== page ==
Occurrence of nonmelanoma skin cancers on the hands after UV nail light exposure.

Departments of Dermatology and Plastic Surgery, The University of Texas M. D. Anderson Cancer Center, 1400 Pressler, Unit 1452, Houston, TX 77030, USA.
Archives of dermatology (Impact Factor: 4.31). 05/2009; 145(4):447-9. DOI: 10.1001/archdermatol.2008.622
Source: PubMed

ABSTRACT Exposure to tanning beds, which contain mostly high-dose UV-A emitters, is a known cause of photoaging. Evidence is also accumulating for an association between tanning bed use and the development of skin cancer. Another source of high-dose UV-A is UV nail lights, available for use in the home and in beauty salons.
Two healthy middle-aged women with no personal or family history of skin cancer developed nonmelanoma skin cancers on the dorsum of their hands. Both women report previous exposure to UV nail lights.
It appears that exposure to UV nail lights is a risk factor for the development of skin cancer; however, this observation warrants further investigation. In addition, awareness of this possible association may help physicians identify more skin cancers and better educate their patients.

  • [Show abstract] [Hide abstract]
    ABSTRACT: The nail as an anatomic structure protects the terminal phalanx of the digit from injury. Historically, it has served as a tool for protection and for survival. As civilizations developed, it attained the additional function of adornment. Nail beautification is a big industry today, with various nail cosmetics available, ranging from nail hardeners, polishes, extensions, artificial/sculpted nails, and nail decorations. Adverse events may occur either during the nail-grooming procedure or as a reaction to the individual components of the nail cosmetics. This holds true for both the client and the nail technician. Typically, any of the procedures involves several steps and a series of products. Separate "nail-bars" have been set up dedicated to serve women and men interested in nail beautification. This article attempts to comprehensively inform and educate the dermatologist on the services offered, the products used, and the possible/potential adverse effects related to nail-grooming and nail cosmetics.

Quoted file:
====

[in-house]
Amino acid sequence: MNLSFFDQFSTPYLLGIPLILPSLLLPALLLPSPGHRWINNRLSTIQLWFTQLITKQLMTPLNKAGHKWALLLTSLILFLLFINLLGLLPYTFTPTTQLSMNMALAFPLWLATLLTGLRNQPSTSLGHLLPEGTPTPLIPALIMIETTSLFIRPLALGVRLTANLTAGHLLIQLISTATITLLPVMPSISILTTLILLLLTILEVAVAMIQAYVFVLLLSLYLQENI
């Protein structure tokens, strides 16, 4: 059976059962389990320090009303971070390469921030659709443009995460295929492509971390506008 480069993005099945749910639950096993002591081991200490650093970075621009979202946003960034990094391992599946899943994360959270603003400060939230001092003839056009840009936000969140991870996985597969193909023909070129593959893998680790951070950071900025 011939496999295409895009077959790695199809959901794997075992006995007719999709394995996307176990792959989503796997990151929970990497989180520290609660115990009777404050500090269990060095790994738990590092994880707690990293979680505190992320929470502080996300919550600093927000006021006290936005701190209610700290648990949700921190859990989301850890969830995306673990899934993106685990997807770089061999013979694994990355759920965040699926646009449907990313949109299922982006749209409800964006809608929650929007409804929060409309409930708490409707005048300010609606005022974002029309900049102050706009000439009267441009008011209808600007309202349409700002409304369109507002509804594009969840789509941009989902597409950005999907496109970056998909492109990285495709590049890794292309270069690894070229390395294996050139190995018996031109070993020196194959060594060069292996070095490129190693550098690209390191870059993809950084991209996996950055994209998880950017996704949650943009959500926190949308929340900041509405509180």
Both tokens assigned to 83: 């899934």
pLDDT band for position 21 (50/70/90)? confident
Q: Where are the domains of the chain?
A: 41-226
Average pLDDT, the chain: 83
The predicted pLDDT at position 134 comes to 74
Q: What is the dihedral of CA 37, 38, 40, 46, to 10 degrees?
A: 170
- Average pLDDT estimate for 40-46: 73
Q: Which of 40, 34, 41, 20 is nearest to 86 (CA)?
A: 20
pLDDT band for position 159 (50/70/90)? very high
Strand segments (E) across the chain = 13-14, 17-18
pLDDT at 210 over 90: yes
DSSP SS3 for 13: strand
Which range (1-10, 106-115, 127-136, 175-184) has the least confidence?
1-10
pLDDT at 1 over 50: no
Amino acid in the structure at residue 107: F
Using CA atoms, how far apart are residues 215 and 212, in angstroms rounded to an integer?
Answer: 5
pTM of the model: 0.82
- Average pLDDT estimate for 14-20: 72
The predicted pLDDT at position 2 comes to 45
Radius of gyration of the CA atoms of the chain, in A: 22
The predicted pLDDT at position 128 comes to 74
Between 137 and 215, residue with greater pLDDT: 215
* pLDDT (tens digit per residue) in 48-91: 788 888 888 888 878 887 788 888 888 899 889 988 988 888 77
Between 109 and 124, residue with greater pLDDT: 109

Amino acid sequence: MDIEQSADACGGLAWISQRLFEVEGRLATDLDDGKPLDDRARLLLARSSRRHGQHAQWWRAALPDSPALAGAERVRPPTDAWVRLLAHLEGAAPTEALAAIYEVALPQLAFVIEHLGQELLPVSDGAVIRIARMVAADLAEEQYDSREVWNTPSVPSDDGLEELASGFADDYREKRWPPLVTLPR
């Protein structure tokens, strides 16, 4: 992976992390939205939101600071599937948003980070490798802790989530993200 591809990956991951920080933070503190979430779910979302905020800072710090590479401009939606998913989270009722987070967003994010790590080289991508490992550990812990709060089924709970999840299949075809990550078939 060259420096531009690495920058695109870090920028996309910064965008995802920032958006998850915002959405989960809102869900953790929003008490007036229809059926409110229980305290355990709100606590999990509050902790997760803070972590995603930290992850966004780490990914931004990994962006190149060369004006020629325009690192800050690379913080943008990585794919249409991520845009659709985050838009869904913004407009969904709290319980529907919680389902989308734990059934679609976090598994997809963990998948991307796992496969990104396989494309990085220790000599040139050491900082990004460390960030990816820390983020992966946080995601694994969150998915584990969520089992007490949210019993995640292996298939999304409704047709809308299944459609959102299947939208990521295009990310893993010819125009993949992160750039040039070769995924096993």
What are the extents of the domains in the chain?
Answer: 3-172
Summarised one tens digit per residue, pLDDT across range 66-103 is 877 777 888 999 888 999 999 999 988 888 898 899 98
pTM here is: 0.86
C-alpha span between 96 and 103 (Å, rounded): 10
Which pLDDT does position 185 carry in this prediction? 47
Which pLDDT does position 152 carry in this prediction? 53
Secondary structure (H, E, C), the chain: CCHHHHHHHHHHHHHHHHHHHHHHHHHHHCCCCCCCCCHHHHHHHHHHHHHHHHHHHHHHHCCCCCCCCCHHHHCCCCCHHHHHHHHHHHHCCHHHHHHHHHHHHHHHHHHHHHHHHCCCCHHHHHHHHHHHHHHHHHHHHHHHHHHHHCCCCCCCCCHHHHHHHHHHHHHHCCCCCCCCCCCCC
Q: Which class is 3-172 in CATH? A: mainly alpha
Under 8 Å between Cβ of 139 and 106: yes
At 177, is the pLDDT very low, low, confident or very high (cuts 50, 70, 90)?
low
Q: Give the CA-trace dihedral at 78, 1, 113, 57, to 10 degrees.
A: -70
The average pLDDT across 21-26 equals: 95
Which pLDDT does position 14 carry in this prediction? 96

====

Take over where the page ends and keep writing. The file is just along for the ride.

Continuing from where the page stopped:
Indian journal of dermatology, venereology and leprology 05/2012; 78(3):309-17. DOI:10.4103/0378-6323.95445 · 1.33 Impact Factor
  • [Show abstract] [Hide abstract]
    ABSTRACT: Background  The use of ultraviolet (UV)A lamps for curing gel nails is widespread in the cosmetic nail industry. A report that two women who had undergone this treatment subsequently developed squamous cell carcinoma (SCC) on the dorsum of hands has prompted some concern about the safety of this procedure. Objectives  To estimate the number of women who would need to be exposed to UVA nail lamps for one woman to develop SCC on the dorsum of hands, who would not have done so otherwise. Methods  A mathematical model that combines age and UV exposure was used to compare the risk of developing SCC due to typical sun exposure with the risk of inducing these cancers from exposure to UVA nail lamps. Results  For typical usage, the analysis indicates that tens or hundreds of thousands of women would need to use a UVA nail lamp regularly for one to go on to develop SCC on the dorsum of the hands as a direct consequence. Conclusions  The risk of inducing an SCC from exposure to UVA nail lamps is very low and one that is likely to be accepted by most women. Even then, the risk can be reduced to virtually zero by wearing fingerless gloves when the hands are being exposed.
    British Journal of Dermatology 06/2012; 167(5). DOI:10.1111/j.1365-2133.2012.11107.x · 4.10 Impact Factor
  • [Show abstract] [Hide abstract]
    ABSTRACT: Nail cosmetics are used by millions of people worldwide who desire smooth, lustrous nails. The nail cosmetic industry continues to expand to meet increasing consumer demand. In 2011 alone, consumers spent $6.6 billion on nail salon services. Although nail cosmetics are relatively safe, poor application techniques can promote disease, deformity, and allergic and irritant contact dermatitis. The foundation for managing nail cosmetic problems is prevention through education. Familiarity with the procedures and materials used in the nail cosmetic industry is necessary in order to recommend safe nail care strategies.
    Dermatologic Therapy 11/2012; 25(6):481-90. DOI:10.1111/j.1529-8019.2012.01543.x · 1.48 Impact Factor


Available from